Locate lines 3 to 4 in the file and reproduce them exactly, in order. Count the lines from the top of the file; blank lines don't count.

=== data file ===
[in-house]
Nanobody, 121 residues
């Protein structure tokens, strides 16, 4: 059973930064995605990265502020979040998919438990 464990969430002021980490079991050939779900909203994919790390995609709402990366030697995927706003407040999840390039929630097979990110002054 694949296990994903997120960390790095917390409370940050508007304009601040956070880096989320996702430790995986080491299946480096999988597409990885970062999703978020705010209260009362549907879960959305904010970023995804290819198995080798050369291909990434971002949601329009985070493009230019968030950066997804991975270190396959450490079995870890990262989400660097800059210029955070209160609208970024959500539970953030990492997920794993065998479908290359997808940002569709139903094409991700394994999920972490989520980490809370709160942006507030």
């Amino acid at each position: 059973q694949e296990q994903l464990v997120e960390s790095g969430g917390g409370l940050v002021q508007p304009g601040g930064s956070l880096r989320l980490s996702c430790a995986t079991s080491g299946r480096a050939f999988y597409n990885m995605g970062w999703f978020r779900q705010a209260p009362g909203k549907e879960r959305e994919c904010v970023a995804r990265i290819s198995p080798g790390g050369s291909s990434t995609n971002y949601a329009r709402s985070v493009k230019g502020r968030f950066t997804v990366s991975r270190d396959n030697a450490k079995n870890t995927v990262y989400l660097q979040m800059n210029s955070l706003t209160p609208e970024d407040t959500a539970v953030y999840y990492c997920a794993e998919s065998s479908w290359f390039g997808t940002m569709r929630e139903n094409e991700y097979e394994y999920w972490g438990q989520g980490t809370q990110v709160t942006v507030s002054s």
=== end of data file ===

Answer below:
């Protein structure tokens, strides 16, 4: 059973930064995605990265502020979040998919438990 464990969430002021980490079991050939779900909203994919790390995609709402990366030697995927706003407040999840390039929630097979990110002054 694949296990994903997120960390790095917390409370940050508007304009601040956070880096989320996702430790995986080491299946480096999988597409990885970062999703978020705010209260009362549907879960959305904010970023995804290819198995080798050369291909990434971002949601329009985070493009230019968030950066997804991975270190396959450490079995870890990262989400660097800059210029955070209160609208970024959500539970953030990492997920794993065998479908290359997808940002569709139903094409991700394994999920972490989520980490809370709160942006507030």
């Amino acid at each position: 059973q694949e296990q994903l464990v997120e960390s790095g969430g917390g409370l940050v002021q508007p304009g601040g930064s956070l880096r989320l980490s996702c430790a995986t079991s080491g299946r480096a050939f999988y597409n990885m995605g970062w999703f978020r779900q705010a209260p009362g909203k549907e879960r959305e994919c904010v970023a995804r990265i290819s198995p080798g790390g050369s291909s990434t995609n971002y949601a329009r709402s985070v493009k230019g502020r968030f950066t997804v990366s991975r270190d396959n030697a450490k079995n870890t995927v990262y989400l660097q979040m800059n210029s955070l706003t209160p609208e970024d407040t959500a539970v953030y999840y990492c997920a794993e998919s065998s479908w290359f390039g997808t940002m569709r929630e139903n094409e991700y097979e394994y999920w972490g438990q989520g980490t809370q990110v709160t942006v507030s002054s």